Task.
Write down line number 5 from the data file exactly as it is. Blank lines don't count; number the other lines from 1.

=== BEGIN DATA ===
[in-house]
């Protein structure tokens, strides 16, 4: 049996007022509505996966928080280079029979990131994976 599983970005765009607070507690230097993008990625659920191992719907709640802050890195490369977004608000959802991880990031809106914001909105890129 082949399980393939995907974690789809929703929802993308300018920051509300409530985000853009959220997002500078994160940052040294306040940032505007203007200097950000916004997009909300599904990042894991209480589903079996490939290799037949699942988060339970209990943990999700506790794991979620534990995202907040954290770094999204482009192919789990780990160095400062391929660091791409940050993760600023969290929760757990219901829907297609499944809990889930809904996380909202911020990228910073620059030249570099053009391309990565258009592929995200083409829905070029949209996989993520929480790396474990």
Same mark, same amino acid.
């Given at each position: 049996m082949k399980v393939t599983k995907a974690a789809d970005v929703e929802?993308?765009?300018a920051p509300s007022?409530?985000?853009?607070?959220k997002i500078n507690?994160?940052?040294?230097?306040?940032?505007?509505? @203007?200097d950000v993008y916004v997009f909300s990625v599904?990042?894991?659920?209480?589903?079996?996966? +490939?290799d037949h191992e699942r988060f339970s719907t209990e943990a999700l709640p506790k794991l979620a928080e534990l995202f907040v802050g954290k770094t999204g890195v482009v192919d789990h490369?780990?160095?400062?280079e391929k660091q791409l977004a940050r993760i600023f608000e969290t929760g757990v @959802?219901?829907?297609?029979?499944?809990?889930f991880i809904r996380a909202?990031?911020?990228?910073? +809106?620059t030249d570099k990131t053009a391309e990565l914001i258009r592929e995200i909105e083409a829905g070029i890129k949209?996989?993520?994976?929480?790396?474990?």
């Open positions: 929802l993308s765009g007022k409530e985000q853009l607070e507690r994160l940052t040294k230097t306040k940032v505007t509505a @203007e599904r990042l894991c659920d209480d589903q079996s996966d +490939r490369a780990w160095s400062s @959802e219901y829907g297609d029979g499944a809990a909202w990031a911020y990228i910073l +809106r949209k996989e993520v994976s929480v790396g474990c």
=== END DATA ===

């Open positions: 929802l993308s765009g007022k409530e985000q853009l607070e507690r994160l940052t040294k230097t306040k940032v505007t509505a @203007e599904r990042l894991c659920d209480d589903q079996s996966d +490939r490369a780990w160095s400062s @959802e219901y829907g297609d029979g499944a809990a909202w990031a911020y990228i910073l +809106r949209k996989e993520v994976s929480v790396g474990c």